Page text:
The governor also signed, Senate Bill 751, which waives the requirement for schools to be in session at least 180 days, provides for continuity of education plans, ensures school employees are paid during the closure, and provides the Secretary of Education with authority to waive student teacher and standardized assessments. The Department of Education previously announced the cancellation of all PSSA testing, Keystone exams and the Pennsylvania Alternate System of Assessment for the 2019-20 school year.

The governor signed Senate Bill 422, which reschedules the 2020 primary election from April 28 to June 2. and makes other election process changes, including some due to the COVID-19 emergency. The bill provides process improvements to Act 77 of 2019, to allow counties to begin processing and tabulating mail ballots beginning at 7 a.m. on election day, rather than after the polls close at 8 p.m. Additionally, the measure allows counties to temporarily consolidate polling places without court approval and eases other rules regarding location and staffing of polling places for the primary to respond to county concerns about a potential shortage of poll workers and appropriate polling place locations.

“Delaying this year’s primary election as several other states have done is in the best interests of voters, poll workers and county election officials,” said Governor Wolf. “I commend the General Assembly for acting quickly on this critical legislation. The Department of State will continue to work with local election officials to ensure Pennsylvania has a fair and accessible election.”

The governor reminded voters of the new option to vote by mail-in ballot rather than going to a polling place on election day. Already more than 215,000 registered voters have signed up for either a mail-in or absentee ballot, with nearly 78 percent using the commonwealth’s new online application. Those voters do not need to file new applications despite the change in primary date.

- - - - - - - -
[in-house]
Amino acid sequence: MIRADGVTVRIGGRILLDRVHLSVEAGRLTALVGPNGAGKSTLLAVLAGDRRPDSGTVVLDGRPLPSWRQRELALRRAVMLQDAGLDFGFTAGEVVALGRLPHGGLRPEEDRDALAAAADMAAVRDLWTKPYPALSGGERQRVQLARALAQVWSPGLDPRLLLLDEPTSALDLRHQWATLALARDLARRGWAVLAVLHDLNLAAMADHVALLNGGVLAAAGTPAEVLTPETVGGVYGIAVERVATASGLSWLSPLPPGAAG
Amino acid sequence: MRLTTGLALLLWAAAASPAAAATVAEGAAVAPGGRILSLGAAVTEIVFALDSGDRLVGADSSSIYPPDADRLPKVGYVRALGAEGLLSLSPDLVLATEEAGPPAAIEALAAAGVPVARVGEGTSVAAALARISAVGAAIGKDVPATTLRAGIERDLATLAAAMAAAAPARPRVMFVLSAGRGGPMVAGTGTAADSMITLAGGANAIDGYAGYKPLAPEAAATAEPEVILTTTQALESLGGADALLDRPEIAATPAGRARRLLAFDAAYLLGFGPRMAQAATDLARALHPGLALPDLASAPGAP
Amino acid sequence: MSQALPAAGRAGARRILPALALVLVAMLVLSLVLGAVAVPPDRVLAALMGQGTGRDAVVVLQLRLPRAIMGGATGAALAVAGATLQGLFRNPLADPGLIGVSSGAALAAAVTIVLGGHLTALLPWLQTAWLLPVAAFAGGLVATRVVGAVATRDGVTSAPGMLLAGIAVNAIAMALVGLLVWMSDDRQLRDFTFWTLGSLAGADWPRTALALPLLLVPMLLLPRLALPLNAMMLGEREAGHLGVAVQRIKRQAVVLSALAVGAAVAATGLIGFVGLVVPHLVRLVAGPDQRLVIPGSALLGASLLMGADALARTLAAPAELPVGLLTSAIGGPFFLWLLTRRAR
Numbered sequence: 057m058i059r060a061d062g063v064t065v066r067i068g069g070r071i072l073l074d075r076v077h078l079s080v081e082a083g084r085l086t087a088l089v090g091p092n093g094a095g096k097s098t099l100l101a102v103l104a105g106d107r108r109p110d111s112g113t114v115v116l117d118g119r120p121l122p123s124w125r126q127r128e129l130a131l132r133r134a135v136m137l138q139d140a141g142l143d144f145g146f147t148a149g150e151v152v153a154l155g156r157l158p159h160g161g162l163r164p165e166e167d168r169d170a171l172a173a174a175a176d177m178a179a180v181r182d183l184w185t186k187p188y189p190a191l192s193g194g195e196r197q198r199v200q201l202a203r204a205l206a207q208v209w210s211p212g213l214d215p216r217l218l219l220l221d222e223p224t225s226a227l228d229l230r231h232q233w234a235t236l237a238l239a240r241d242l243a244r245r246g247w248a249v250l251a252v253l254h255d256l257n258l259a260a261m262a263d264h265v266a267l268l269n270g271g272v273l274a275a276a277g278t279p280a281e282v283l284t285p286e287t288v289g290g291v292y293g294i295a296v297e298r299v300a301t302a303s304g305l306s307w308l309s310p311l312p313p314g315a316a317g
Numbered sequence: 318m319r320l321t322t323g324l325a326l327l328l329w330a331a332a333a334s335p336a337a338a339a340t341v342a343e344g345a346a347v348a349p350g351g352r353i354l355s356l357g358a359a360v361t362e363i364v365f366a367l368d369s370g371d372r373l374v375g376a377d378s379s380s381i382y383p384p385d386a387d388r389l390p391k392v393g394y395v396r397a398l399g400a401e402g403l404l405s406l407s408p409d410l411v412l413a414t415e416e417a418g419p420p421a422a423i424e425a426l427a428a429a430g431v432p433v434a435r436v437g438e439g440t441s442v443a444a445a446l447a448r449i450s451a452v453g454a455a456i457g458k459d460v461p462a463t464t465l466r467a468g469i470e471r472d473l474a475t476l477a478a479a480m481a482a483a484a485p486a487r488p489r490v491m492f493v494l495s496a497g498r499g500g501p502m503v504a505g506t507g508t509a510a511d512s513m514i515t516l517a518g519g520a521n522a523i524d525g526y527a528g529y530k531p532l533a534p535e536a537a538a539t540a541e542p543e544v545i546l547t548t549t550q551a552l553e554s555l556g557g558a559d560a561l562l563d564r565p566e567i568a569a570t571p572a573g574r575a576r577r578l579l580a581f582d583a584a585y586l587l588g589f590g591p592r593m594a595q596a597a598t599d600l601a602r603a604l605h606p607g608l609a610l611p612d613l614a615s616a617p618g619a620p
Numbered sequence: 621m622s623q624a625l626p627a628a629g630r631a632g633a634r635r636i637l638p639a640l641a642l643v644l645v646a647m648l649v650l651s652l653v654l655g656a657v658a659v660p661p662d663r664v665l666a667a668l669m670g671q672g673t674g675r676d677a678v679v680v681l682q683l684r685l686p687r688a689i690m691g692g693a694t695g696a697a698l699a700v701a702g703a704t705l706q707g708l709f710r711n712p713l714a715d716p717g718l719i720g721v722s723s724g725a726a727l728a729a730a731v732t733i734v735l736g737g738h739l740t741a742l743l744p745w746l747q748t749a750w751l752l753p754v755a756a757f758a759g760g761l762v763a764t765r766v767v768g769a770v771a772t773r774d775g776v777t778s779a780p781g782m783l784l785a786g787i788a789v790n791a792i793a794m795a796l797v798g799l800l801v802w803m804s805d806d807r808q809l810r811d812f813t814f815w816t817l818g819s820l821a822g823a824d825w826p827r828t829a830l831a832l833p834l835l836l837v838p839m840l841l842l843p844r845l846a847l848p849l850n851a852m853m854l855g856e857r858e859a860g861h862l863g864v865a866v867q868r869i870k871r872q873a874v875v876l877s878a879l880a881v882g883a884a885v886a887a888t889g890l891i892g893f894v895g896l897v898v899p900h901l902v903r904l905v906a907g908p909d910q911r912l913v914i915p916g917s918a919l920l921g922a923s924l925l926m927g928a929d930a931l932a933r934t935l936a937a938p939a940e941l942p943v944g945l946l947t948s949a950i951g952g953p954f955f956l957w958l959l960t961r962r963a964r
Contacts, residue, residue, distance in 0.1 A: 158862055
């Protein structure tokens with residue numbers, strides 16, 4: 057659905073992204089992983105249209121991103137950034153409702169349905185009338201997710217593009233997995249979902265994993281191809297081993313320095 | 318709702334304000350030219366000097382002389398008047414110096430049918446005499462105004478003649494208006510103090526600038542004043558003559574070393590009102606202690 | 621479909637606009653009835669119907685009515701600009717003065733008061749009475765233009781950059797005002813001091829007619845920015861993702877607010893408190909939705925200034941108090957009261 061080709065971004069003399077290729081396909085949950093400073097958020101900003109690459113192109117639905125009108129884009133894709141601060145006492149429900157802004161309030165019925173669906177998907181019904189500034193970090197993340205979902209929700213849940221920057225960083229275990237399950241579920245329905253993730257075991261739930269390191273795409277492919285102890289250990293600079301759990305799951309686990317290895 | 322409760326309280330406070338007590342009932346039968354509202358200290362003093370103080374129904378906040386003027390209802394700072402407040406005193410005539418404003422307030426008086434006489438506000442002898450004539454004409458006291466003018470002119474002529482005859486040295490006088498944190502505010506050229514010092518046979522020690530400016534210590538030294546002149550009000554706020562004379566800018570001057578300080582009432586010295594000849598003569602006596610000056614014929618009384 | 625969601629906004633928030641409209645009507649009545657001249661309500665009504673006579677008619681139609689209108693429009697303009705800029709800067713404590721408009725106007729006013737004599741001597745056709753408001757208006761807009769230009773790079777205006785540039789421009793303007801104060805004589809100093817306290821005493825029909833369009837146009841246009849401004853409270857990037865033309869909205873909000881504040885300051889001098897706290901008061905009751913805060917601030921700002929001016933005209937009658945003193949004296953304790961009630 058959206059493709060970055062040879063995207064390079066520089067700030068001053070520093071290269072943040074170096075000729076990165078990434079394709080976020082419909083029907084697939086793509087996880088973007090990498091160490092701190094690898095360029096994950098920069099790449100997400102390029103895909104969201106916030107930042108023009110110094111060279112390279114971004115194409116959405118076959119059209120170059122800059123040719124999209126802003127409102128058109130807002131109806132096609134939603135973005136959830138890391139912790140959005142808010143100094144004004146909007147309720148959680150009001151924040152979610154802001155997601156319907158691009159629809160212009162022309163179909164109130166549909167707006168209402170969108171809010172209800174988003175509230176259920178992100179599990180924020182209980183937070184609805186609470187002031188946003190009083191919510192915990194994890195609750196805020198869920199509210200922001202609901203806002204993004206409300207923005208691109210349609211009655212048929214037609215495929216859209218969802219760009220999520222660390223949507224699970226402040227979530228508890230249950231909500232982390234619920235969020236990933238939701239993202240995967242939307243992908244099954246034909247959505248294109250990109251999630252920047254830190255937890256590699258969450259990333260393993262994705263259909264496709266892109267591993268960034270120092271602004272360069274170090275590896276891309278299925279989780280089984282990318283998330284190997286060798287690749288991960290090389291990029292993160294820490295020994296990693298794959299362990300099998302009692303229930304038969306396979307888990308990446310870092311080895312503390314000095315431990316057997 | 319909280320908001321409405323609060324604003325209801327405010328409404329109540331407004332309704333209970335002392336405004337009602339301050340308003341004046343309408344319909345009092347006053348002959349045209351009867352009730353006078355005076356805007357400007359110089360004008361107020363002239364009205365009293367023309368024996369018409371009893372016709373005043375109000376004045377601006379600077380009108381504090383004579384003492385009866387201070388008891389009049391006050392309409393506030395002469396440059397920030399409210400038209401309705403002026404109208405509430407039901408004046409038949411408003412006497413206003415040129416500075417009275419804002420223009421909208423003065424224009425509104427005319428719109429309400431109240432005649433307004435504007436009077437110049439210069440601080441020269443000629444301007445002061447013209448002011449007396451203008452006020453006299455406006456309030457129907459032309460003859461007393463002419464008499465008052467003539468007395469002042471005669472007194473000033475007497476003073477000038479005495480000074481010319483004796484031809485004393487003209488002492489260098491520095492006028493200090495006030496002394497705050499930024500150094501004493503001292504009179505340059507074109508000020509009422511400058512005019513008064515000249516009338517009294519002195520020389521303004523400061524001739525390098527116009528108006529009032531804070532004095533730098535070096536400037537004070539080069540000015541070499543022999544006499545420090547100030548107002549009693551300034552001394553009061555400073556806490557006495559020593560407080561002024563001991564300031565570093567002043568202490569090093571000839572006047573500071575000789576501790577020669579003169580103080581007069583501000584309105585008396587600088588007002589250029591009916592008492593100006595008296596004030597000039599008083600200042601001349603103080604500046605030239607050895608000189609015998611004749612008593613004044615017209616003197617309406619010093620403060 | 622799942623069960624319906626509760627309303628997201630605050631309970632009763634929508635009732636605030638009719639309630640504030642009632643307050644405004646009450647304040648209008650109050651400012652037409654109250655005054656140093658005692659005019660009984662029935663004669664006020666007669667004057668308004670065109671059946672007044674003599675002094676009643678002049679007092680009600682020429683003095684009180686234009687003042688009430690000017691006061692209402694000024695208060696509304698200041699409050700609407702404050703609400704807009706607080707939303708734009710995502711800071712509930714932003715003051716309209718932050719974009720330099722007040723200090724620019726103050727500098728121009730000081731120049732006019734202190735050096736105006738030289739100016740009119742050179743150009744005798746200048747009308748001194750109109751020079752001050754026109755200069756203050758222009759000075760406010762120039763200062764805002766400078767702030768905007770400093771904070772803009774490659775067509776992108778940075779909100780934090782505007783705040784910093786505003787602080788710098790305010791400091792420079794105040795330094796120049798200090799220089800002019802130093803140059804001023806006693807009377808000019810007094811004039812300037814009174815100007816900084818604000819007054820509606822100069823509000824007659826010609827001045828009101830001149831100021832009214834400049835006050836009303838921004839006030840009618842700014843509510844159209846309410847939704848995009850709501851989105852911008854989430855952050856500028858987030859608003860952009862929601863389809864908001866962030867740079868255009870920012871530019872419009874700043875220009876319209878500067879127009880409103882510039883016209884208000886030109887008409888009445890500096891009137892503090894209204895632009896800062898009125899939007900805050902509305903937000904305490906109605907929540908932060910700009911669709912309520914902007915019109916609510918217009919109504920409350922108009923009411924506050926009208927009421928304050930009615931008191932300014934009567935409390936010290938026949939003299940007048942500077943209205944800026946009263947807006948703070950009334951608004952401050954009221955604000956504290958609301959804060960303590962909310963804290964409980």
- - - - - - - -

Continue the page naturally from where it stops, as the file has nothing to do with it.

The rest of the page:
The governor also signed House Bill 68, which makes applying for unemployment compensation easier for workers affected by the COVID-19 pandemic. The bill requires the Department of Labor & Industry to waive the one week waiting period and job search and work registration requirements for claimants under the disaster emergency, provides automatic relief from benefit charges for employers whose account would otherwise be charged during the disaster emergency, increases timeframes and allows for interest-free payment plans, and provides the secretary with the ability to adopt temporary regulations to ensure compliance with federal law.

The governor signed House Bill 1578 which makes technical changes to the disclosure of fees in declarations and in public offering statements of planned communities, cooperatives, and condominiums and to permit corrective amendments to the bylaws of planned communities, cooperatives, and condominiums by utilizing the current procedure used to make corrective amendments to declarations.

The governor vetoed House Bill 1100.

Visit the commonwealth’s Responding to COVID-19 guide for the latest guidance and resources for Pennsylvanians or the Pennsylvania Department of Health’s dedicated coronavirus webpage for the most up-to-date information regarding COVID-19.

View this information in Spanish here.

Fayette Welcomes New Voting System